By Chauncey K. Robinson
The Biden administration has introduced a sweeping new immigration bill that stands in stark contrast to Donald Trump’s four years of attacks on undocumented workers and their families. The new bill is being seen by many as a bold step in a better direction, but some immigrant rights activists are pointing out shortcomings in the new bill, and the legislation, as it is, has an uphill battle to be passed in Congress.
Officially titled the U.S. Citizenship Act of 2021, Biden’s immigration bill comes on the heels of the new president’s three executive orders centred on immigration issued earlier in the month. Those decrees created a task force to reunite families the Trump administration had split with his border separation policy, temporarily rolled back Trump’s Migrant Protections Protocols program, and reviewed the country’s 1882 public charge rule that allowed the government to deny visas to applicants who are judged as likely to become dependent on government benefits. Also included was an immediate halt in funding for construction of Trump’s border wall.
Biden’s plan appears to put the road to citizenship centre stage, while also attempting to address some of the systemic problems of current immigration policy.
The shortened path to citizenship is the centrepiece of the new bill. The legislation would cut five years from the current application process, with undocumented immigrants being able to obtain citizenship in eight years or less, instead of 13. Those who qualify would have to be physically present in the country on or before Jan. 1 of this year.
The Deferred Action on Childhood Arrivals Act (DACA), whose beneficiaries are known as Dreamers, and Temporary Protected Status (TPS), typically aimed at refugees facing dangerous conditions in their home countries, were two programs that Trump continuously attempted to eliminate. If passed, Biden’s bill would immediately give legal status via a permanent resident card, or green card, to those who fall under these programs. They then would be able to apply for citizenship three years later. This exception also applies to undocumented farmworkers.
Close to one million undocumented immigrants and their children are covered under DACA and TPS, with an estimated 2.4 million farmworkers outside of these categories but included in the Biden plan.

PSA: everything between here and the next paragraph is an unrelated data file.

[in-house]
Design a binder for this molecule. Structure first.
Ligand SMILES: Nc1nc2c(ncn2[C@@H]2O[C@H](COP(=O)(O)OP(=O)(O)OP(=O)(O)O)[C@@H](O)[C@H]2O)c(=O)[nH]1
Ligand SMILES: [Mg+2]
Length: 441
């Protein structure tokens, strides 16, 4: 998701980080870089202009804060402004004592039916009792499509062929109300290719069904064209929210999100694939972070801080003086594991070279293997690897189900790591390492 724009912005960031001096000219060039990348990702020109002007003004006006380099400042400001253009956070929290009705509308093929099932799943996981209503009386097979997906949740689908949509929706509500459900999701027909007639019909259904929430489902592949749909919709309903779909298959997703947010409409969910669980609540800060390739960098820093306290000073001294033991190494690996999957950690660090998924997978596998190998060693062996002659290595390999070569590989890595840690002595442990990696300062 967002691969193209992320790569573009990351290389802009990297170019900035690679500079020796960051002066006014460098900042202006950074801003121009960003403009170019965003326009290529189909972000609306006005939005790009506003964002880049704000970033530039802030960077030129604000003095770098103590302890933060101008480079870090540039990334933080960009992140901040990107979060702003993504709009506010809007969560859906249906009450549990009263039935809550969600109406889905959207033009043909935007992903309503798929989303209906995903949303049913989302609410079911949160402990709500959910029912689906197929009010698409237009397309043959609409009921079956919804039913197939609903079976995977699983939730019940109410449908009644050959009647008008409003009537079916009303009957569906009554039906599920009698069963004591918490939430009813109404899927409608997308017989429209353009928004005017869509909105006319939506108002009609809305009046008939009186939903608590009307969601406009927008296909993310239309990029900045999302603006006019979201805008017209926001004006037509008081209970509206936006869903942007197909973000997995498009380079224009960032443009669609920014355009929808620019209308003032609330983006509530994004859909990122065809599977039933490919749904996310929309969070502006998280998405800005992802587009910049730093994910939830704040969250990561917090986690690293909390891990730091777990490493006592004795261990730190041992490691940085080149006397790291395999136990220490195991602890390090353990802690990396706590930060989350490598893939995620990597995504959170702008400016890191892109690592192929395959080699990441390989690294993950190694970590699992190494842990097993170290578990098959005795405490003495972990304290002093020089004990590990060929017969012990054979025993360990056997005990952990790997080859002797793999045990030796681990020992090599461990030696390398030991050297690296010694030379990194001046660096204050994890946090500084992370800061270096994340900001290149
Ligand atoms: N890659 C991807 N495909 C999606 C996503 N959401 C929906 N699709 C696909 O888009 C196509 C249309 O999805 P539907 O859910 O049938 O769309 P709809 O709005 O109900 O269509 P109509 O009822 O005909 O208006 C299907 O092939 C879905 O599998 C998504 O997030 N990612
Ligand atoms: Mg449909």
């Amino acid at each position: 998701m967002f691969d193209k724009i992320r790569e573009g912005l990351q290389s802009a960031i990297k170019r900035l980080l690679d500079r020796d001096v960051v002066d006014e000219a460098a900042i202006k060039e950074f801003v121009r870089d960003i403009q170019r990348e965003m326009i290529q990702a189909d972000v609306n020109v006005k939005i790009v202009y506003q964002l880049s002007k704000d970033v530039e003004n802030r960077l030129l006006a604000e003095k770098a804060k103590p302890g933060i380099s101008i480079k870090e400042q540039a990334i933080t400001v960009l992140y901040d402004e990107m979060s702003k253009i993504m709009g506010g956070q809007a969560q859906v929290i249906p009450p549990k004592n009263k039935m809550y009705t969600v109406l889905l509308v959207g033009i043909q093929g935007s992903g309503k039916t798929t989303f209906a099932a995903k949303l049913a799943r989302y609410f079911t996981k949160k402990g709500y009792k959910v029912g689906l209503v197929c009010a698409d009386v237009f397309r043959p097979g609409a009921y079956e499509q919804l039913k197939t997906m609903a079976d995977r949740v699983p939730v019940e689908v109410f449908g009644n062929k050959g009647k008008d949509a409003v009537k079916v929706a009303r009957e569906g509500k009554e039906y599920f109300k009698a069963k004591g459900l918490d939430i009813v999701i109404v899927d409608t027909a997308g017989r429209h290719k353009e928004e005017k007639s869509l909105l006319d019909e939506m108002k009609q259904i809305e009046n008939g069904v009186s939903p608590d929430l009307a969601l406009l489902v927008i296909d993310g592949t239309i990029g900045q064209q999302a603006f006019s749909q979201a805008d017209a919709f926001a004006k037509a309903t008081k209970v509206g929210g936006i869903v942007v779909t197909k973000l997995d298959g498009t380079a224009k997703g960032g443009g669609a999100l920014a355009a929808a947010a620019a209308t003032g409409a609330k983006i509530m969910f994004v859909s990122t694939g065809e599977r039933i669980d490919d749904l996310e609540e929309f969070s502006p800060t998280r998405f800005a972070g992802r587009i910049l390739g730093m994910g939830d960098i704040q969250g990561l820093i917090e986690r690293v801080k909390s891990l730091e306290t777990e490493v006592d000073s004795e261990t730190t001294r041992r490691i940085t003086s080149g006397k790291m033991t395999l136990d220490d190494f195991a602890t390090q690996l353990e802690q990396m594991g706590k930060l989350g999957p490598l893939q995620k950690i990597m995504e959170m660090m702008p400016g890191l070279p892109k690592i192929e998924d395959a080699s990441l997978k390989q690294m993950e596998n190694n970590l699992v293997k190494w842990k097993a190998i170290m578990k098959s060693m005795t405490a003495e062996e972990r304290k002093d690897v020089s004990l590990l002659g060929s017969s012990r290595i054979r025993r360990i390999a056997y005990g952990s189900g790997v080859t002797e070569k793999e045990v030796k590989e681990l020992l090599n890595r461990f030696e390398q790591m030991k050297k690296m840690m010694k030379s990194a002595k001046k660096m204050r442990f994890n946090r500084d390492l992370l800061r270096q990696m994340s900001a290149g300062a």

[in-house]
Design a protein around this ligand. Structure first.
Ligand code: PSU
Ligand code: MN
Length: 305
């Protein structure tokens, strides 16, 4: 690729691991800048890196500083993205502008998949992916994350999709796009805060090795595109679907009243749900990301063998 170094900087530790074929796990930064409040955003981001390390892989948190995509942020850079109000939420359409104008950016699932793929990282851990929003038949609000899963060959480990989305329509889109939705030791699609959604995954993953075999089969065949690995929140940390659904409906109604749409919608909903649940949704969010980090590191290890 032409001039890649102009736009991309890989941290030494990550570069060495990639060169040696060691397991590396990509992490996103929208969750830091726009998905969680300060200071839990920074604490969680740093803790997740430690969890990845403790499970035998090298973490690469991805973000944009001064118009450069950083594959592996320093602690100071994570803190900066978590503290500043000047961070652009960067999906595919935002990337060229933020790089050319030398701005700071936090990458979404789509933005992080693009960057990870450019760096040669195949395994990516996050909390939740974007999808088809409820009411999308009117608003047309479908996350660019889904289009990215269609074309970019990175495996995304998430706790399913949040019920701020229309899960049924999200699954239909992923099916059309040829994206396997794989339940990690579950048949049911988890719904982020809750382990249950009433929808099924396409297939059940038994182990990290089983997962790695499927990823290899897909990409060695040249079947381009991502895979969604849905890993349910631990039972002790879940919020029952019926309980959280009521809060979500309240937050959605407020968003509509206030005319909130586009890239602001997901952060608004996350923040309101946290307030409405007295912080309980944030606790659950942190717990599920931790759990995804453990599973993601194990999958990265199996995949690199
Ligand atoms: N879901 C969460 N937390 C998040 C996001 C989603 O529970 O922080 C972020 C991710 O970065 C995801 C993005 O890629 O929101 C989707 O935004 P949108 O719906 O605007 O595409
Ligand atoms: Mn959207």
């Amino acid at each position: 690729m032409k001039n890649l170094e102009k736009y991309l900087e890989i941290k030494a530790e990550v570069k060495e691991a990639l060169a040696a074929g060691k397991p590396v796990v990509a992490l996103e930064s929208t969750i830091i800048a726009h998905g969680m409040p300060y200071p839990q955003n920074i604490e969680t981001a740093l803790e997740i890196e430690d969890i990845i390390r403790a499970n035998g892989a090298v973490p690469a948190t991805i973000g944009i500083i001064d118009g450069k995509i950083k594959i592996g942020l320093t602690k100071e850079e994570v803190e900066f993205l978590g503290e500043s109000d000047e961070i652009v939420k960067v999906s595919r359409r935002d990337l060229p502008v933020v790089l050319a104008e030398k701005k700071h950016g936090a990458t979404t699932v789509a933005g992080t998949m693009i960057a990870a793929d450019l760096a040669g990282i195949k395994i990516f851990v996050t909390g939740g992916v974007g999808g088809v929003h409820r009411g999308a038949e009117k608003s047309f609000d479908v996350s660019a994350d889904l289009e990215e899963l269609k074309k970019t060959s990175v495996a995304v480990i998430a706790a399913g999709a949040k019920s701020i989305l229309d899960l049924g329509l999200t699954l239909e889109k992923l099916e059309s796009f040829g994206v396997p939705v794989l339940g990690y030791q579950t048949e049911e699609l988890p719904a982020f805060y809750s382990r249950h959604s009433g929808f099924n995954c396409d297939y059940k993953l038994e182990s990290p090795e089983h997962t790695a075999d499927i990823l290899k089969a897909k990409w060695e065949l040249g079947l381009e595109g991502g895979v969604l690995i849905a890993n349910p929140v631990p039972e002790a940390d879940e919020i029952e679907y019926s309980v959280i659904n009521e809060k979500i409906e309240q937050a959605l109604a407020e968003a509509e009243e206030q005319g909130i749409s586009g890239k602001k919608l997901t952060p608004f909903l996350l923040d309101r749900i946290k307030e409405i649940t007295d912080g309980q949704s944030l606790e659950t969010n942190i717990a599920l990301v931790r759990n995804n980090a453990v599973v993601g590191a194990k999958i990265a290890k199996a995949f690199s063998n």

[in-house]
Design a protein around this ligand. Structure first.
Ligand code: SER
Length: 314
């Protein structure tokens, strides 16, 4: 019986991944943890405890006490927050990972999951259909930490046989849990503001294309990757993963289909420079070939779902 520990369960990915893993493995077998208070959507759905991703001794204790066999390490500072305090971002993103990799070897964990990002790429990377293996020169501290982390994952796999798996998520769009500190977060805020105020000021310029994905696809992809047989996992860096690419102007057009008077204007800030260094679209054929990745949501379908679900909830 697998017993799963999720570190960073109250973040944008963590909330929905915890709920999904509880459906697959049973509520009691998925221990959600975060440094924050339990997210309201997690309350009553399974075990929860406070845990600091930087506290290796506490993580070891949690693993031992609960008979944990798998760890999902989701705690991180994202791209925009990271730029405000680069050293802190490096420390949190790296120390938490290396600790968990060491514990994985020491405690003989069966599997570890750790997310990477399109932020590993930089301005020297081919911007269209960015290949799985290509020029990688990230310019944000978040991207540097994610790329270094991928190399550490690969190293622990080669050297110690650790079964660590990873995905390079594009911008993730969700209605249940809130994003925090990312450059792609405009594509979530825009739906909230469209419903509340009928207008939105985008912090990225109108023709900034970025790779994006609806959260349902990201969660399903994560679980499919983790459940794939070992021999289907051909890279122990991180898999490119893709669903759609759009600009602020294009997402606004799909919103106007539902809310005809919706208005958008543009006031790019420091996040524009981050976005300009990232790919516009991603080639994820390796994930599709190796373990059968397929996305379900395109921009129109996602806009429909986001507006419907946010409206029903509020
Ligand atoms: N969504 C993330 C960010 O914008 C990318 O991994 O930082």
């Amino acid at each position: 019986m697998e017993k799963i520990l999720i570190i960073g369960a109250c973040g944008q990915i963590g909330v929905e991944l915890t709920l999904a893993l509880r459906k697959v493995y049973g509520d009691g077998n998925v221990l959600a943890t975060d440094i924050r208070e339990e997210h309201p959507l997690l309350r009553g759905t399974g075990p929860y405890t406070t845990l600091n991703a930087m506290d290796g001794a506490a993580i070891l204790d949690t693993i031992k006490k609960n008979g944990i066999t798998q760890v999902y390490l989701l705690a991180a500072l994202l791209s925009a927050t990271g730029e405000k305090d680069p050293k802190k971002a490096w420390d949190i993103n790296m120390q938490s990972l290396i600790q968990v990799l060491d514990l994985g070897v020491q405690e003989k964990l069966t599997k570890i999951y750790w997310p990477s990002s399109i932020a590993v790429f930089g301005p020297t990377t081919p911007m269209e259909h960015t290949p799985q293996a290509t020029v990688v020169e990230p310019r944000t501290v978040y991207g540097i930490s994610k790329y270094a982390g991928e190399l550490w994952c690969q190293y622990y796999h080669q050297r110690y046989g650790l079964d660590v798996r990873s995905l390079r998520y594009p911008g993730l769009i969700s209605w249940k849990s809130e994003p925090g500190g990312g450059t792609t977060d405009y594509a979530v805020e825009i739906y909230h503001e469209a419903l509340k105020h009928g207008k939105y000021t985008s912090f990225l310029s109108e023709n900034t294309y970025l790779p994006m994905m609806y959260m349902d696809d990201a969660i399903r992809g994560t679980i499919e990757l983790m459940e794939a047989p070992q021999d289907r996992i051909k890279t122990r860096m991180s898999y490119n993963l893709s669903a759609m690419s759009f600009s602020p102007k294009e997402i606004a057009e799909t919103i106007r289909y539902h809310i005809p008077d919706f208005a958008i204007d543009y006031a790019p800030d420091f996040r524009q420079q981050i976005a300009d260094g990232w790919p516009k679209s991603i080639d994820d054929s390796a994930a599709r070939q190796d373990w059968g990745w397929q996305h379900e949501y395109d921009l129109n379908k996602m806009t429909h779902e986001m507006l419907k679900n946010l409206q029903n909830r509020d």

Some immigrant advocates argue, however, that this distinction causes an unnecessary inequality among undocumented people who don’t fall under any of these three categories. Those who don’t would have to obtain a work permit and exit the country based on an assurance that they would be permitted to re-enter the United States later. Then, after five years, they could apply for a green card if they pay taxes and pass background checks. Three years after that, they too could then apply for citizenship.
Still, with fewer roadblocks on the journey to obtain legal status, many undocumented workers might be able to lift the heavy fear of deportation from their shoulders sooner. This goes as well for the fear of being separated from their loved ones.
Under the Trump administration, people across the country were exposed to pictures of traumatized young children in cages, separated from their parents and guardians. The Biden administration claims that its new bill will reform the “family-based immigration system by clearing backlogs, recapturing unused visas, eliminating long wait times, and increasing per-country visa caps.”
The bill also aims to expand what is considered family in the eyes of the law. Permanent partnerships that are not marriages would be recognized, and there would be a commitment to eliminating the discrimination facing LGBTQ families.
This counter to these forms of discrimination seems to go hand in hand with the change in terminology that Biden’s bill proposes. The legislation would remove the word “alien” from U.S. immigration laws, replacing it with the term “noncitizen.”